Watching More Movies: 1999′s ‘Audition’
“It was all a dream. I used to read ‘Word Up!’ Magazine.” – Notorious B.I.G.
I believe the dream sequence is a pathetic storytelling device. Not the quick rose-petals-falling-from-Menu-Suvari’s-naked-body-type dreams from “American Beauty,” nor the extended journey into Technicolor of “Wizard of Oz.” But the dream sequences that attempt to fool the audience, pulling the rug from under them in a “got ya” sort of way. Brian De Palma has been guilty in “Dressed to Kill” and “Femme Fatale” and it was used to negate a 40-minute piece of storytelling in the Nicolas Cage-starring “Next,” earning its spot at the bottom of my “Movies of 2007” list. I didn’t know “Audition” did the same.
I’d tried watching “Audition” once before, about seven years ago. I was nodding off during it and falling asleep plus subtitles don’t mix. I remembered portions of the film. Certainly the final 15 to 20 minutes for which the movie is known for. This was also at the height of my “Saw” and “Hostel” love, giving me reasons to beg for torture porn. Due to what I vividly remembered, I crossed the film off my list and moved on, but decided to give it another try to take in the full experience.
“Audition” begins with Shigeharu Aoyama at his wife’s bedside for the last seconds of her life. Seven years later, his son notes his discontent and suggests he remarry. Shigeharu confides the idea to his filmmaker friend, telling him he doesn’t want a marriage to fail at his age and wants to make sure he meets as many women as possible to make an informed decision on choosing his betrothed. His friend suggests setting up an audition for a movie and Shigeharu can sit in on the process to learn about each girl who comes in. Eventually, he lands on Asami Yamazaki, a former ballet dancer, and attempts to court her.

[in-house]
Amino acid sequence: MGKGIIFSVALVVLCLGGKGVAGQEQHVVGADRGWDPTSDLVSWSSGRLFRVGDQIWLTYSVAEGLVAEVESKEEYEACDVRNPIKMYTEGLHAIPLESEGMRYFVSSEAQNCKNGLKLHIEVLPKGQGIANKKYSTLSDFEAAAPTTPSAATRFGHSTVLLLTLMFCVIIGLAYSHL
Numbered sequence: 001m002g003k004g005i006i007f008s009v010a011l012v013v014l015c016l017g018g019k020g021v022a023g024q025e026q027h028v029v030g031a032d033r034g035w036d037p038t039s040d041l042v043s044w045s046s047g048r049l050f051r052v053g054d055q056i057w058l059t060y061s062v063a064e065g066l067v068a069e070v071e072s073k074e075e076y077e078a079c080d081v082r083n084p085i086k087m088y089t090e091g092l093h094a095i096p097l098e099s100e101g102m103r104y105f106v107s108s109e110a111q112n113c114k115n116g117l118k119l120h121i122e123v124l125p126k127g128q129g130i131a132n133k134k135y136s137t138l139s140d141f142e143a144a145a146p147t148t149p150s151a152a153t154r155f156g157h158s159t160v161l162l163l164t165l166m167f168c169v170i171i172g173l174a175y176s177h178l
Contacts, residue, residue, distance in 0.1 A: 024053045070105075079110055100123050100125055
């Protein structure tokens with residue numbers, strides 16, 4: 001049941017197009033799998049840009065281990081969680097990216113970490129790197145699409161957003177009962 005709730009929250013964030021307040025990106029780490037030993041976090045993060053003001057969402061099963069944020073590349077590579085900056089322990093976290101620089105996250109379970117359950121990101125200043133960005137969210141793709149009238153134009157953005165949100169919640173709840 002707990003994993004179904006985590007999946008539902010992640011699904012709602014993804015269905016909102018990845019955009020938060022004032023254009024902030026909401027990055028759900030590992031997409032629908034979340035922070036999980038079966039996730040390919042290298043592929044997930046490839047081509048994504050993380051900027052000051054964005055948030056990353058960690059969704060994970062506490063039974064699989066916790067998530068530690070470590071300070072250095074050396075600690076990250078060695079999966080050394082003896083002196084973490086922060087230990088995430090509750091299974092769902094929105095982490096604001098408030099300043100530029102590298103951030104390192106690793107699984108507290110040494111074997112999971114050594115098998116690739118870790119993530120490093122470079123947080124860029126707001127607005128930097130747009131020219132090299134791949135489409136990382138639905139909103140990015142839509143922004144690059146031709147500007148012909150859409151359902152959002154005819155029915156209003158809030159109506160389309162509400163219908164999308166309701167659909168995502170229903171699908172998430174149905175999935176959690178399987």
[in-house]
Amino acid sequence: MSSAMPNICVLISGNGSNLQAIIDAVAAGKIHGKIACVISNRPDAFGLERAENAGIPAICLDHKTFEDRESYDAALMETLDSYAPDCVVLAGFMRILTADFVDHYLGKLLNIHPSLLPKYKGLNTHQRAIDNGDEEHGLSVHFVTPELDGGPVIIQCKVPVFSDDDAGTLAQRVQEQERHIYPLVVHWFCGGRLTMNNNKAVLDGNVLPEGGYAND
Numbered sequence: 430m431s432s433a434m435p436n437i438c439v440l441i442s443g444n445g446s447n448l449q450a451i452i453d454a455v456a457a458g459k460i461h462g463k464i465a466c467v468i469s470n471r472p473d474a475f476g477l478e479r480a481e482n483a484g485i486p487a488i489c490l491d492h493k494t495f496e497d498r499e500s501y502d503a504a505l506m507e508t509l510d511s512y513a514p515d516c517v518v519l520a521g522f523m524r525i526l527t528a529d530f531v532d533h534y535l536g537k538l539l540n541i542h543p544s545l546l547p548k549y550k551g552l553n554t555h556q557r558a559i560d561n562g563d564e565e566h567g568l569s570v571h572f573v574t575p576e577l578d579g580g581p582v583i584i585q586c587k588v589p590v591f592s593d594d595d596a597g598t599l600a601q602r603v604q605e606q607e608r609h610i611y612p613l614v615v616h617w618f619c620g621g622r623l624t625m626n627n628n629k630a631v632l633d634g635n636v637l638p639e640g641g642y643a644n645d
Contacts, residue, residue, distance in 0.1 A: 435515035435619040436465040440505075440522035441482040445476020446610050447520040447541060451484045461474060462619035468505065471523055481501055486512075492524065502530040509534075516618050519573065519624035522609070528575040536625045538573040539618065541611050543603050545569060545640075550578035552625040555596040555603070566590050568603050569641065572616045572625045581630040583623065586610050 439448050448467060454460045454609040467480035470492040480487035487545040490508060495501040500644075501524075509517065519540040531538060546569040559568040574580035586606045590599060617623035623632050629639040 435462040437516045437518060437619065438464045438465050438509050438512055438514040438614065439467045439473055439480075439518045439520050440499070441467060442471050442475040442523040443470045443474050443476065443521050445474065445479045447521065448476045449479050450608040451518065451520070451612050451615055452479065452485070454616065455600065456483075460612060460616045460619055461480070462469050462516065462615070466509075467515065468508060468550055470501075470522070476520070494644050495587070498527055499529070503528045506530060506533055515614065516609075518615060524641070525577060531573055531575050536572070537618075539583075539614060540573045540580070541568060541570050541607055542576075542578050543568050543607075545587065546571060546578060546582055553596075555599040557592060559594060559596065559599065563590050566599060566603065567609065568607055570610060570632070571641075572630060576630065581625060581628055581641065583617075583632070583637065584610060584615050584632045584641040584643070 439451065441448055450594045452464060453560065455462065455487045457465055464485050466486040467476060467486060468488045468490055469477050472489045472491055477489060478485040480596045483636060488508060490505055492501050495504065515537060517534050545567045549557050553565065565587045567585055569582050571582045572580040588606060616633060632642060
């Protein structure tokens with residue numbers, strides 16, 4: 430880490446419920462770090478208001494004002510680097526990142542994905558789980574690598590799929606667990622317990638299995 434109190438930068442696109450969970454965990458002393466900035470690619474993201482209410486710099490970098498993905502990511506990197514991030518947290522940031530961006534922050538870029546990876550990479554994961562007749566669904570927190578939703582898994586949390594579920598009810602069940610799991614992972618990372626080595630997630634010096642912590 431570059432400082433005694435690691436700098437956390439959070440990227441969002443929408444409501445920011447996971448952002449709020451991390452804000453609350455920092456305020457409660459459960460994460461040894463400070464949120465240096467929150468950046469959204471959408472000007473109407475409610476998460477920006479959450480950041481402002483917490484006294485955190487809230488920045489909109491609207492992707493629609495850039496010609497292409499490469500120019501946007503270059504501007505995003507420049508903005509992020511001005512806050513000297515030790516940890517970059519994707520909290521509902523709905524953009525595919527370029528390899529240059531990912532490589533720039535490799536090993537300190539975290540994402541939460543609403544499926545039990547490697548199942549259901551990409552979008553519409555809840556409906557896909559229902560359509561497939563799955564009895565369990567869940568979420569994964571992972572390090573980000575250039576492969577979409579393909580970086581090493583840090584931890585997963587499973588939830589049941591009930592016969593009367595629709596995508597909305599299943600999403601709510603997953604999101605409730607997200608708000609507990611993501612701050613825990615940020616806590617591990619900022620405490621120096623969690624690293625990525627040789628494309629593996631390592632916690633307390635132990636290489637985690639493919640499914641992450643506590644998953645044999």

This is the only Takashi Miike film I’ve seen, but he has no less than 92 entries on his directing resume, dating back to 1991. A good 25 of them are music videos, but that still only knocks his film entries down to the 60s. You wonder how one movie in a sea of that many rises above the others. For “Audition,” it’s the end. It’s impossible to describe the movie without touching upon it, but prior to then the film plays largely like a romantic drama, especially with its soap opera-esque score over the scenes the lovelorn Shigeharu shares with Asami. This makes the torture scenes at the end all the more surprising, but it’s revealed to have been a dream. Normally, this would enrage me, but here it gives Shigeharu pause. It’s a similar effect to Tom Cruise’s reaction to Nicole Kidman’s dream confession in “Eyes Wide Shut,” making it more than just rug-pulling diversion. “Audition” could possibly be blamed for the bad dream sequences in “Femme Fatale” and “Next,” but even so, I’m glad I gave it another try.